A switch that limits the activation of an electrical circuit is a limit switch. Switches can control the flow of electrical current by opening and closing. When a circuit is closed, it allows electrical current to flow to the device that is powered. When open, the electrical flow stops.
In most cases, a limit switch opens and closes based on a device's position. It is often linked to timing as well. In manufacturing, a limit switch may open and turn off a device that doesn't complete a task in a specific amount of time.
The most common switches, mechanical limit switches keep track of items. When a device, or part of a device, reaches a certain location, its limit switch opens or closes. The switch depends on physical contact, or the lack of it, to open or close. An example is refrigerator light that switches off when the door closes and turns on when it opens.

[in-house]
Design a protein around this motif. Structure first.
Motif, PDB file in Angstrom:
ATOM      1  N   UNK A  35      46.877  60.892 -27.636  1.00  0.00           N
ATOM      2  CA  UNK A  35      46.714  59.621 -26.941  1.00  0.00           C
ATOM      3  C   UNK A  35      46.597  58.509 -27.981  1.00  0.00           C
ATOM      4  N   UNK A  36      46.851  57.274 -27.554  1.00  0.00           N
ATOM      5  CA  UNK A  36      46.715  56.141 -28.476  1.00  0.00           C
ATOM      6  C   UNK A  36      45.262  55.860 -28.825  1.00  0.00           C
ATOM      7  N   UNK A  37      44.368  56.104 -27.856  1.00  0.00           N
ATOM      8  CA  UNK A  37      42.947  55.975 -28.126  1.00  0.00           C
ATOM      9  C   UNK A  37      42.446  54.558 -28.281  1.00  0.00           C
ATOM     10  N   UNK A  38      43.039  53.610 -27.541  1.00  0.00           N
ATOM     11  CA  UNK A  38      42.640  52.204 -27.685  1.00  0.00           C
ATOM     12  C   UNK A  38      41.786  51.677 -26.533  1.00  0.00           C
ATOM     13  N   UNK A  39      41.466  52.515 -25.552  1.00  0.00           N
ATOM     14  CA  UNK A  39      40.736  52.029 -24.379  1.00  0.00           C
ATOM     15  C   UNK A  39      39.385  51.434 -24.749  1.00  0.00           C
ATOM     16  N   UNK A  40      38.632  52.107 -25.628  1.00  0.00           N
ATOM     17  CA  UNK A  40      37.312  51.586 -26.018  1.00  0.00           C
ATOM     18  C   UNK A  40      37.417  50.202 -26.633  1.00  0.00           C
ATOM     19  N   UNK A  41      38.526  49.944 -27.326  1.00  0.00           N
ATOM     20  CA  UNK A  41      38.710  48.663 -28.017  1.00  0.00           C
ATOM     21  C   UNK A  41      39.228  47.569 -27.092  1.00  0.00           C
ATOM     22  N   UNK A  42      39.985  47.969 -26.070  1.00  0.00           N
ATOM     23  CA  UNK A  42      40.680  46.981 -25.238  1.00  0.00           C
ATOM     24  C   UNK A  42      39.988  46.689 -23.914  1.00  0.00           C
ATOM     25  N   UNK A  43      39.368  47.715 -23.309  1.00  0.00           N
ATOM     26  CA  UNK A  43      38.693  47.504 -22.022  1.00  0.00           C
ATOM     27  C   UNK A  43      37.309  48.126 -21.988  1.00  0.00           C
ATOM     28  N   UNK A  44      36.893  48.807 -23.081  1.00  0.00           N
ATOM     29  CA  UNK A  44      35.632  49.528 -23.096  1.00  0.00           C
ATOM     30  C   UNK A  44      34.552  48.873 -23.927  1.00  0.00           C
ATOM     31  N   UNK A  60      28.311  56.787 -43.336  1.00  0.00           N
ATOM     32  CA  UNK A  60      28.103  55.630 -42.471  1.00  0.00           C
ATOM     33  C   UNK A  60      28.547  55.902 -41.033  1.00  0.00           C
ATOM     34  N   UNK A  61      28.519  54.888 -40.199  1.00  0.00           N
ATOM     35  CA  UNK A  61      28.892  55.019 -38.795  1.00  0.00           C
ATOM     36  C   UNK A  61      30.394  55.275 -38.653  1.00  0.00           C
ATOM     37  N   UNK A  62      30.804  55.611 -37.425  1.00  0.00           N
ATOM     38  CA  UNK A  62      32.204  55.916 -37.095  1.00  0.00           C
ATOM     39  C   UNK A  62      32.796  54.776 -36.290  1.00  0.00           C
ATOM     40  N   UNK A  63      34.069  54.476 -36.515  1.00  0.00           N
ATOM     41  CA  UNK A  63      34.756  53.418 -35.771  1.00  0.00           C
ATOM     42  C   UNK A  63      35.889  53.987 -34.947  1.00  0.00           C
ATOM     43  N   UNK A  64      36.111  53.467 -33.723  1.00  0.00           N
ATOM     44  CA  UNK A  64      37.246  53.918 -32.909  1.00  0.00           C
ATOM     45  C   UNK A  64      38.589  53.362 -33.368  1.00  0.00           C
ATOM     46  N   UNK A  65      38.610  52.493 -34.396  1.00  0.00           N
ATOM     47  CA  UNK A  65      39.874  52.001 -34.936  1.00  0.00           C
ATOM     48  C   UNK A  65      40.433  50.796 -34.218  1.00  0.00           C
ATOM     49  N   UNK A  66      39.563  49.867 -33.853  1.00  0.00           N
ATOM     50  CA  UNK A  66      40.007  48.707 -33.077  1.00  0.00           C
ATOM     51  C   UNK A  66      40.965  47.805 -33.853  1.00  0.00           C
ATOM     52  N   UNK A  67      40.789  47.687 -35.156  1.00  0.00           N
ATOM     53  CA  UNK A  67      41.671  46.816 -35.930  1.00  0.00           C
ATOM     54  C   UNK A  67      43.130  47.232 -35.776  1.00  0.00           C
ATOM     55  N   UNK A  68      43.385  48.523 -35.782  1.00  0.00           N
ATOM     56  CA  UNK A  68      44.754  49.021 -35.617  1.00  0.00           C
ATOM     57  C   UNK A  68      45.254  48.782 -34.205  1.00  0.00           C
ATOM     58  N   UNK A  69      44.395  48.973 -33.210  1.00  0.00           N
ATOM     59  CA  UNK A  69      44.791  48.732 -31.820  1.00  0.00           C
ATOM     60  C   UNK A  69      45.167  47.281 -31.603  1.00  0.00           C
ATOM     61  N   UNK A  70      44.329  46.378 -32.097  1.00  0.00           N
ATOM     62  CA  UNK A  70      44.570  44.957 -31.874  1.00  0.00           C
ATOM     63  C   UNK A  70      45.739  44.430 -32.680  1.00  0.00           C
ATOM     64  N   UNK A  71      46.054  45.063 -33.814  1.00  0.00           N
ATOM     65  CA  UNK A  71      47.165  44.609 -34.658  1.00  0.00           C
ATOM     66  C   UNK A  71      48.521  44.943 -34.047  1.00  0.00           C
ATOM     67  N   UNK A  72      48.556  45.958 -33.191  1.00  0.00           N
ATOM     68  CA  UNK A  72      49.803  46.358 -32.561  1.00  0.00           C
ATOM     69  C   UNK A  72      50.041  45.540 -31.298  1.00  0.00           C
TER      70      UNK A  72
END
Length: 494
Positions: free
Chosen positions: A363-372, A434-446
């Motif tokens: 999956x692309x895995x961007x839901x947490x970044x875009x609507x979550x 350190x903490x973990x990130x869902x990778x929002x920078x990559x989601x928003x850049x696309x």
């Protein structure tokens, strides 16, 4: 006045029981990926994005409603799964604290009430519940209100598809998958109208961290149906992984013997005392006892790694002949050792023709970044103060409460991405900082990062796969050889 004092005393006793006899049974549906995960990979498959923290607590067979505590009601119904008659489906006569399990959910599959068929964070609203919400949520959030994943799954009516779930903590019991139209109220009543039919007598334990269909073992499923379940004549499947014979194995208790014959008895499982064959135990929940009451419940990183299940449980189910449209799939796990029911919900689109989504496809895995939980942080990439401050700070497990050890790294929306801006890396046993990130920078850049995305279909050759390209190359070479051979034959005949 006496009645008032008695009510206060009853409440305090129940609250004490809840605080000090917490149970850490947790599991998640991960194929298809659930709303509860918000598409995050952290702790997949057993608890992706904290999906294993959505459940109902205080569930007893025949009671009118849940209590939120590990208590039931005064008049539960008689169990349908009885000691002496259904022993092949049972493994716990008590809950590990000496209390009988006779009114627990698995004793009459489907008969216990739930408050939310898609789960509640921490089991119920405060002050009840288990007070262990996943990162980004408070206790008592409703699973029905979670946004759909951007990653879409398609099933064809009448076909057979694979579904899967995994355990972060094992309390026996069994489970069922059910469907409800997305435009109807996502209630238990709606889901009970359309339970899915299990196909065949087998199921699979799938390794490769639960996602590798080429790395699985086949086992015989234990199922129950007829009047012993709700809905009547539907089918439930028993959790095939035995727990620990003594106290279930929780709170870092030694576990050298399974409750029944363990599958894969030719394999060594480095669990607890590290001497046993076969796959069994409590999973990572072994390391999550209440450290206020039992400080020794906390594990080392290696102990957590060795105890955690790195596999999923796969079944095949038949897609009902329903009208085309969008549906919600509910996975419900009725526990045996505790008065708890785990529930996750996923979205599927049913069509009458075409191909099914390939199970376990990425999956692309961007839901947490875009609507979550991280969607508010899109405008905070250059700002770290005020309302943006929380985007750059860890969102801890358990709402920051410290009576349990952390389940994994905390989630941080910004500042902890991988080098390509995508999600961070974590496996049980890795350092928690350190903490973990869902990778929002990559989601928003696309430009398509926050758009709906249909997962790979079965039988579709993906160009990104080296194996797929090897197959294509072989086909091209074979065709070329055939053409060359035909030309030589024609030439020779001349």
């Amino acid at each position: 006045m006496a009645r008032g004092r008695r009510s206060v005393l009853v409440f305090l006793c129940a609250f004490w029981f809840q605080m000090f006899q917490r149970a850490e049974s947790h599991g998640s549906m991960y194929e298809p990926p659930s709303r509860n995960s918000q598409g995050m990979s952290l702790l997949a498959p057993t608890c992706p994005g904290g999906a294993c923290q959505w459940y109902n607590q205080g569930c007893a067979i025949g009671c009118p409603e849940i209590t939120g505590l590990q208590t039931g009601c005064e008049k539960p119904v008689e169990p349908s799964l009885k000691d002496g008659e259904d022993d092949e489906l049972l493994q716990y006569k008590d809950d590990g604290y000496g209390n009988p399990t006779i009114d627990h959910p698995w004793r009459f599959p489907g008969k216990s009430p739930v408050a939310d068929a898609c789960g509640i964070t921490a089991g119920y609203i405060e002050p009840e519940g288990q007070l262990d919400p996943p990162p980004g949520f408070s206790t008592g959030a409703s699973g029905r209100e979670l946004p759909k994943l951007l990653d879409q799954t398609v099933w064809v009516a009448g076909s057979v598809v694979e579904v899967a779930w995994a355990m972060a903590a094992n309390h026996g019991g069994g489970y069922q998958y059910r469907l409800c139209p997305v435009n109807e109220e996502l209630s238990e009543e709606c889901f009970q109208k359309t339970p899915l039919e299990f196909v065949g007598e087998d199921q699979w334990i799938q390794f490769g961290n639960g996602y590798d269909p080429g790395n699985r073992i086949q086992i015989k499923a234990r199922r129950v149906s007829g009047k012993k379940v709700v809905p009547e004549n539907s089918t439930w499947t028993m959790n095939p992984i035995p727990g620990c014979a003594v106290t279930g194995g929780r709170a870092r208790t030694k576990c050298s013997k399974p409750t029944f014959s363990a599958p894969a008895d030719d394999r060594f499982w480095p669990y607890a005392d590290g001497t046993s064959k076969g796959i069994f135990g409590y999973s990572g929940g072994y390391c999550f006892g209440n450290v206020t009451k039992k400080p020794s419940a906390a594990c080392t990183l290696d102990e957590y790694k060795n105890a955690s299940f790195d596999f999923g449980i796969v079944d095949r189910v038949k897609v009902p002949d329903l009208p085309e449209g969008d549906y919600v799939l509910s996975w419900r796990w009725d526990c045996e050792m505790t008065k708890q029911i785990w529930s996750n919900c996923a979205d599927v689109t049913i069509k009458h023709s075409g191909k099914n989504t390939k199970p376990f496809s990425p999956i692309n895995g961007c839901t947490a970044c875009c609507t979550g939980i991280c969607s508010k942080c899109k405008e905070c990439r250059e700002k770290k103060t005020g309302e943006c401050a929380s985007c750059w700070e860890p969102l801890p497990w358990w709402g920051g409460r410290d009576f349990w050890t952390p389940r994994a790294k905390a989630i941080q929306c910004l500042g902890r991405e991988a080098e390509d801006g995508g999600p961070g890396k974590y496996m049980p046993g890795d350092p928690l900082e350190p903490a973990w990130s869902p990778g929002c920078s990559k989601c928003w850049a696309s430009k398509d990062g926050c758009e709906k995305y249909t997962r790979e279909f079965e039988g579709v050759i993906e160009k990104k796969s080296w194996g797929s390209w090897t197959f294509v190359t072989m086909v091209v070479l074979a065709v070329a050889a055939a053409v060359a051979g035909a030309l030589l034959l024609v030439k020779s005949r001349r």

A centrifugal limit switch is activated by the speed of the device it monitors. It is often a safety feature, shutting down the device if it exceeds a set speed. In industrial settings, it helps to control assembly lines, industrial robots and fire safety doors.